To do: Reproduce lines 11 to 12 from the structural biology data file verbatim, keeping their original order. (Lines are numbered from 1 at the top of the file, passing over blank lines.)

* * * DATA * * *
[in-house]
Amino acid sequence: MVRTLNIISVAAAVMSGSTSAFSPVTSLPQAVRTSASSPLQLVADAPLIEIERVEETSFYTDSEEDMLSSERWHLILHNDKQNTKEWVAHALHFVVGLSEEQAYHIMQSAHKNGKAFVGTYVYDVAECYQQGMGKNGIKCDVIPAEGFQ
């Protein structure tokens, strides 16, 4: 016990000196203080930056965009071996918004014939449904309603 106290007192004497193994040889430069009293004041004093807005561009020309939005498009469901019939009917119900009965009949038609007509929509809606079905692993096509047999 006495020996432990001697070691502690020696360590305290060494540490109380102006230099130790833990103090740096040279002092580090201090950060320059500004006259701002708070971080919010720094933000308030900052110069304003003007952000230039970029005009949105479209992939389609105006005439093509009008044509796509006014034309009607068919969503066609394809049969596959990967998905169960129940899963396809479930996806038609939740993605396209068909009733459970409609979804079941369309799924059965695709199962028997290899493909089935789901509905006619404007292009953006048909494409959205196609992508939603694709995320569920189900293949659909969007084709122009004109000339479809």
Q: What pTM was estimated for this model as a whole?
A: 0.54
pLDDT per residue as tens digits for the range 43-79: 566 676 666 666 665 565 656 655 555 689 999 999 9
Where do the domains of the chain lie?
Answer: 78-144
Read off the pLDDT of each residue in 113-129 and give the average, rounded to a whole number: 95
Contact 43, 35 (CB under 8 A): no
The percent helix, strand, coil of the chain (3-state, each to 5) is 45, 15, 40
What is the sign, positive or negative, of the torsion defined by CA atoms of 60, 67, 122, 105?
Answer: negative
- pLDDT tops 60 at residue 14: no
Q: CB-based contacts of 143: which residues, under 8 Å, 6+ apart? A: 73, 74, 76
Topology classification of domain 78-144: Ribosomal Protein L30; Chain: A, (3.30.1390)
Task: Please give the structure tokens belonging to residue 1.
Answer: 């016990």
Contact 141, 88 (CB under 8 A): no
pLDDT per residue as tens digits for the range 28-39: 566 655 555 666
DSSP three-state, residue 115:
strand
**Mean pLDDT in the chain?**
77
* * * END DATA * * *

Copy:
The percent helix, strand, coil of the chain (3-state, each to 5) is 45, 15, 40
What is the sign, positive or negative, of the torsion defined by CA atoms of 60, 67, 122, 105?